During the same meeting Rabbi Krasilschikov also confided that he had written a dual commentary that would make the study of the Jerusalem Talmud far easier for those who wished to learn it. The twenty volumes containing some twenty thousand pages were, at the time, hidden in his daughters houses. On the following day, May 13, 1965, Rabbi Krasilschikov died.
Saga of escape
True to his word, Rabbi Bronstein tried to smuggle Rabbi Krasilschikov's Talmudic works out of the country. During his first attempt, all twenty volumes were microfilmed and brought to the American Embassy in Moscow, from where they were to be taken out of the country via diplomatic pouch. However, on the night before they were to be flown out, a fire broke out on the eighth floor of the American Embassy and the microfilm was destroyed.
After making many more unsuccessful attempts, Rabbi Bronstein was arrested on June 5, 1967 at the airport in Kiev, declared persona non grata, deported from the country, and forbidden to enter any Soviet-controlled state ever again. However, he continued his efforts to smuggle the manuscripts out through intermediaries.
Finally, on the 17th attempt, the first of the twenty volumes was successfully smuggled out of Russia by Rabbi Yaakov Pollack, the Rabbi of Congregation Shomrei Emunah of Borough Park in Brooklyn, New York. After that event, with the help of friendly consular representatives Rabbi Bronstein was successful in removing the entire manuscript and bringing it to a safe place.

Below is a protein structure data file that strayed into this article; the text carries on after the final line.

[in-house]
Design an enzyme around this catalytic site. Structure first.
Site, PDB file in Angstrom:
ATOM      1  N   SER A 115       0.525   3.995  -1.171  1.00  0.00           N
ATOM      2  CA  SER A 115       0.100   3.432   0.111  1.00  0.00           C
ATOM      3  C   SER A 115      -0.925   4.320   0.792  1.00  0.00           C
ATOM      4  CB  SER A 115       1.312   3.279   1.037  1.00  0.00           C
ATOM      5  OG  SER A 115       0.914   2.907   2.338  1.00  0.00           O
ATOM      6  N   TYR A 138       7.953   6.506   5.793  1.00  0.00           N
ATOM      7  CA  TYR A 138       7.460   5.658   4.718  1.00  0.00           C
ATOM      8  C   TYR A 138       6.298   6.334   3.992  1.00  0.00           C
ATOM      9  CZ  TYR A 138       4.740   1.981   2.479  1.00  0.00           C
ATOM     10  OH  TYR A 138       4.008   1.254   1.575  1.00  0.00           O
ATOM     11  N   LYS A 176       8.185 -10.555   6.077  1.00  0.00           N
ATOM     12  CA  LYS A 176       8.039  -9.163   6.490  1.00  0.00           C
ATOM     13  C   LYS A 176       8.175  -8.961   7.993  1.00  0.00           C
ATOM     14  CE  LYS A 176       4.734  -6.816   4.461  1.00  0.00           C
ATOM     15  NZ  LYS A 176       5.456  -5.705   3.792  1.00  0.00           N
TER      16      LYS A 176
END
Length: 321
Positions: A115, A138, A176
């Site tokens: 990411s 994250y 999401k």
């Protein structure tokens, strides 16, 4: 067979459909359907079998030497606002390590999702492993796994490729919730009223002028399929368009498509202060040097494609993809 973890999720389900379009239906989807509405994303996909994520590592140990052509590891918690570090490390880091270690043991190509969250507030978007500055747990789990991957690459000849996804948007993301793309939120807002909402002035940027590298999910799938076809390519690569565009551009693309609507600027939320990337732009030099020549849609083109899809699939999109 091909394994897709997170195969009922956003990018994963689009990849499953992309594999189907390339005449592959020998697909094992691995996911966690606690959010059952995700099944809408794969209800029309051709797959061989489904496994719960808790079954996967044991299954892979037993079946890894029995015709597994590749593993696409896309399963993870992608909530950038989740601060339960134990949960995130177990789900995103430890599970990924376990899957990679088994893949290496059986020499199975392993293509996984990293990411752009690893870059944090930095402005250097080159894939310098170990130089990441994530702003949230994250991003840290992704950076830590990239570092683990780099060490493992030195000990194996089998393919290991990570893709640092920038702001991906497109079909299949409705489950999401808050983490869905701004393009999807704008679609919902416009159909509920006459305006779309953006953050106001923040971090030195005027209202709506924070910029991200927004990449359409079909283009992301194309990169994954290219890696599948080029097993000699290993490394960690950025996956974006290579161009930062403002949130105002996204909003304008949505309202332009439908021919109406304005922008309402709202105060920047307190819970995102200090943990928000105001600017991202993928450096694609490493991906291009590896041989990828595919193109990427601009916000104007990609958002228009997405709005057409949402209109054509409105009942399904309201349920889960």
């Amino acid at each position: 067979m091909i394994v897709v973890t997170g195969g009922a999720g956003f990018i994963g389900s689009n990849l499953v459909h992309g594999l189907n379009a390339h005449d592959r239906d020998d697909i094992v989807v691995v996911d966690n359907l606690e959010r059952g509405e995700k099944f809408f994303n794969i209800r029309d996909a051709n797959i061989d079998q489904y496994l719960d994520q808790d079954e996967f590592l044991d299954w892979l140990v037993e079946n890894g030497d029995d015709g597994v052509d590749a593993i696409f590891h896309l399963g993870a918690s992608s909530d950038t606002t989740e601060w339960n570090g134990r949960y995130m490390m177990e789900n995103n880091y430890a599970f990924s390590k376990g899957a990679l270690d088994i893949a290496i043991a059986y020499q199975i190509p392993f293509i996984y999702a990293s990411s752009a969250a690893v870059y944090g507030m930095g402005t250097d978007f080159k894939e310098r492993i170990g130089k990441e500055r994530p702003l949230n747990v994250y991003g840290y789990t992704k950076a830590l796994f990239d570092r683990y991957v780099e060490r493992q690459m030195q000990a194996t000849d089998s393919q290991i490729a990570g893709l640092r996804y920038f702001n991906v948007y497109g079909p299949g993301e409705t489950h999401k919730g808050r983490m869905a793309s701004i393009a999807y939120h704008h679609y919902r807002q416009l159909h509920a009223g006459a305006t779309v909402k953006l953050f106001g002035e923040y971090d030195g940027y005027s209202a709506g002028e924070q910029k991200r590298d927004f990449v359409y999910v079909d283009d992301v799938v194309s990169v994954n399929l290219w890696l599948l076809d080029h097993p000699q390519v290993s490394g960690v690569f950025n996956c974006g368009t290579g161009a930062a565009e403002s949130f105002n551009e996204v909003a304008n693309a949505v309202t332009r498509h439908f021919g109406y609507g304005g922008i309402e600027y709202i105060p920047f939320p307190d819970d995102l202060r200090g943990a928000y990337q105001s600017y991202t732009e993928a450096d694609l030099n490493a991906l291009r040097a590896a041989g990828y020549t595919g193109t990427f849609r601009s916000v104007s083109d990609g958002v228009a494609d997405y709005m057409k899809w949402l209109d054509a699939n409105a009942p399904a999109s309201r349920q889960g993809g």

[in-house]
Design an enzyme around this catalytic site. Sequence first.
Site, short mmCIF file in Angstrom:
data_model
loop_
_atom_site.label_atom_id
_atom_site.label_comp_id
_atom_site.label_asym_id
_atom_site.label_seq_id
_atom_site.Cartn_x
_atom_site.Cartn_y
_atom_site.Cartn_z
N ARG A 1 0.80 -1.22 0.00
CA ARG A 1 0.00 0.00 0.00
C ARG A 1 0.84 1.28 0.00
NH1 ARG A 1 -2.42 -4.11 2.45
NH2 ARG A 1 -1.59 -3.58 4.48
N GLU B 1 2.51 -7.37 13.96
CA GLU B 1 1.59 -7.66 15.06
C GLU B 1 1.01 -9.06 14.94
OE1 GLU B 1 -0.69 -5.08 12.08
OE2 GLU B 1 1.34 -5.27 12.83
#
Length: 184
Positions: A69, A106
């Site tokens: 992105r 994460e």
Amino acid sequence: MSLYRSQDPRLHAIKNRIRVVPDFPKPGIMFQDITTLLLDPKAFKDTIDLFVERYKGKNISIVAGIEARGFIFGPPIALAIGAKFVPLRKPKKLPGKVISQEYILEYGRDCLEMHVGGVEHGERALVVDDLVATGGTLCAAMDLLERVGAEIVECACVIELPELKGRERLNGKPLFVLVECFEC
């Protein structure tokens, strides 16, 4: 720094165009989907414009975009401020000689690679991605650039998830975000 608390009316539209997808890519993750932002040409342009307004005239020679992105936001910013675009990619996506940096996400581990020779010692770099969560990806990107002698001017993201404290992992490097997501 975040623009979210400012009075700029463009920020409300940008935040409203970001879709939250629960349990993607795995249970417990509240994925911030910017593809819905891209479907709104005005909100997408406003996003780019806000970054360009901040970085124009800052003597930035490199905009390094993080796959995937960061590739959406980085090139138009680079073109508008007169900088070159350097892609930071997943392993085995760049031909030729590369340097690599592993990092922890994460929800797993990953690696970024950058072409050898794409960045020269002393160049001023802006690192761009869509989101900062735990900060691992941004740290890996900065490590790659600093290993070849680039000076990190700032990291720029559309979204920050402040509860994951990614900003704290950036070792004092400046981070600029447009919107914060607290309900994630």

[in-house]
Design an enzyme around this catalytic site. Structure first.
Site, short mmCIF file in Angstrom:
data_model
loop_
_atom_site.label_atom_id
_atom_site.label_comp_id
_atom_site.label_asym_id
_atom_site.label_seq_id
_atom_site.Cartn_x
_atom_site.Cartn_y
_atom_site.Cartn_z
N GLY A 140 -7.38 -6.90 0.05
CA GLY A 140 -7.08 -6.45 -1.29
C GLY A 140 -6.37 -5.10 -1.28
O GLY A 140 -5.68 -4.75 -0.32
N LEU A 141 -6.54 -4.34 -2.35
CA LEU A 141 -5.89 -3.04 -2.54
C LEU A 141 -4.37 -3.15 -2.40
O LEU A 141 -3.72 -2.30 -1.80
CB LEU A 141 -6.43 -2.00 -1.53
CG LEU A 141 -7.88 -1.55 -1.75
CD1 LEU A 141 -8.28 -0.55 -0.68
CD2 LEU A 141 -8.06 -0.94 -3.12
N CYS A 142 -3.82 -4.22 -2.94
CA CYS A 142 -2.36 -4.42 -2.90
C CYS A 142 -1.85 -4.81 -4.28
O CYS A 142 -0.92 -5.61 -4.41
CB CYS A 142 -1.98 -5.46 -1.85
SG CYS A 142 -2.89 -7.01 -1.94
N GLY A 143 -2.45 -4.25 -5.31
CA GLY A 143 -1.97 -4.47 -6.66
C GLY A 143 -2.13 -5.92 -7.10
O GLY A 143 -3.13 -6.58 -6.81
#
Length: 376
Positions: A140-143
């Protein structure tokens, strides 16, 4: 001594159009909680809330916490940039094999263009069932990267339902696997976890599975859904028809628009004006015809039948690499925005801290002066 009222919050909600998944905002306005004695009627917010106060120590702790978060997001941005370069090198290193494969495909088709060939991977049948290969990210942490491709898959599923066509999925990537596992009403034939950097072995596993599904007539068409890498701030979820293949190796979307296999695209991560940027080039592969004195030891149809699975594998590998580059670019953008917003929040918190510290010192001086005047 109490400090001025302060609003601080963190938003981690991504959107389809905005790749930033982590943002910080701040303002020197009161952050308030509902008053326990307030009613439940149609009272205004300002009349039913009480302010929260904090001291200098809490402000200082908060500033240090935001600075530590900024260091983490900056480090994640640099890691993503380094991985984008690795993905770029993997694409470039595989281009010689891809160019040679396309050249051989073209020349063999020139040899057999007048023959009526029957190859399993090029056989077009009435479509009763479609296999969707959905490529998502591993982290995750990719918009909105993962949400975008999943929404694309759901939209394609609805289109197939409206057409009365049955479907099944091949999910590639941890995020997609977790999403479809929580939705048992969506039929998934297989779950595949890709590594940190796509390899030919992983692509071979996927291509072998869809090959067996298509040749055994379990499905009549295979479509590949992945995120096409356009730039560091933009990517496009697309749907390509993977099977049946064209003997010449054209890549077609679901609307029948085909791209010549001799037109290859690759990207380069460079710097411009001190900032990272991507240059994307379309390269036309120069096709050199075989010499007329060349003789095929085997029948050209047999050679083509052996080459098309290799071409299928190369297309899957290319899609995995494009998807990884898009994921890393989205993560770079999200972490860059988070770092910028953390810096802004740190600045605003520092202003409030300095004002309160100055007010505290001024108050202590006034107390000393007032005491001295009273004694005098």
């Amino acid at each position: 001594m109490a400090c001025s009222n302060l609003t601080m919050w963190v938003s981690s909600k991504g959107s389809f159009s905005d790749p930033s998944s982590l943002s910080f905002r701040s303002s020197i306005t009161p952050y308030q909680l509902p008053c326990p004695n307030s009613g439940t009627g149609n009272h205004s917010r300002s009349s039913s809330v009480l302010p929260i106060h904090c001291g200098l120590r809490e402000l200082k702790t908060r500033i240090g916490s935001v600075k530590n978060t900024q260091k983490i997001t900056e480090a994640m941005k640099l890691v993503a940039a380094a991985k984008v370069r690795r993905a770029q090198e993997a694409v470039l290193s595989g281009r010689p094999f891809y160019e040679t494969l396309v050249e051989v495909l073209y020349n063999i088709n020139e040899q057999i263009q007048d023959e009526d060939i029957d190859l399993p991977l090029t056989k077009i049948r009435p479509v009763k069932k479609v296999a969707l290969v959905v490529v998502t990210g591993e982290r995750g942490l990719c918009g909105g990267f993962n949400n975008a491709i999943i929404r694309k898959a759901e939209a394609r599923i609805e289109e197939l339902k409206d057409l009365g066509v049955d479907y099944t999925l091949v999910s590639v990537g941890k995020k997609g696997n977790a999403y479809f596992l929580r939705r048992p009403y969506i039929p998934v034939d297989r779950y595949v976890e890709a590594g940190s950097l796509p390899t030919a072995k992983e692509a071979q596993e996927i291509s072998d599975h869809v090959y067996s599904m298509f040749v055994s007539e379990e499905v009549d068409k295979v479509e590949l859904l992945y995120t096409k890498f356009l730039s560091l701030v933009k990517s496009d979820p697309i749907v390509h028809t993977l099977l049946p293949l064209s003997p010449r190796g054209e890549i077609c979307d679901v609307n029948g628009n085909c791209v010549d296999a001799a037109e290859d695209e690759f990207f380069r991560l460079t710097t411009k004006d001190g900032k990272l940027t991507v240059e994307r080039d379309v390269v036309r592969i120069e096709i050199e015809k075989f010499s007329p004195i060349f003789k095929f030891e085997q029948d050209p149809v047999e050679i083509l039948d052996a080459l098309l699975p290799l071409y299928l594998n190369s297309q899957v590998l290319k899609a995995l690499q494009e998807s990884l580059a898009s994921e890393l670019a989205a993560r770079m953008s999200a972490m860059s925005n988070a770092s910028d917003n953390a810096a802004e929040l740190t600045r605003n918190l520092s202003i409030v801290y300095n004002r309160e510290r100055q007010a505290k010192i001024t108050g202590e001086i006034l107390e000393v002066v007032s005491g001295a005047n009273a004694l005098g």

In 1980, the Mutzal Me’esh Institute of Bnai Brak, under Rabbi Bronstein's auspices, published the first volume of Rabbi Krasilschikov’s commentary, on Tractate Berachot. This volume, edited by a team of scholars headed up by Rabbi Shacna Koliditzki, includes the text of the Yerushalmi surrounded by the dual commentaries of Rabbi Krasilschikov, titled Toldos Yitzchak and Tivuna. The Toldos Yitzchak commentary is a clear and lucid explanation of the Yerushalmi, while Tivuna is a more detailed discussion of issues in the Yerushalmi that also contains emendations to its text.
The printing of the Yerushalmi with the commentaries of Rabbi Krasilschikov is an ongoing effort which is currently under the auspices of Rabbi Chaim Kanievsky and Rabbi Berel Weintraub. The following tractates have been published thus far:
- Berachot, two volumes (1980)
- Sheviit (1982)
- Pe'ah (1985)
- Demai (1988)
- Kil'ayim (1989)
- Terumot (1987)
- Maaserot and Hallah, single volume (1991)
- Ma'aser Sheni (1991)
- Orlah and Bikkurim, single volume (1995)
As time passes, the commentary of Rabbi Krasilschikov, with glowing approbations from Rabbi Moshe Feinstein and Rabbi Yosef Shalom Eliashiv, is being recognized as the best, clearest, and most straightforward explanation of the Yerushalmi.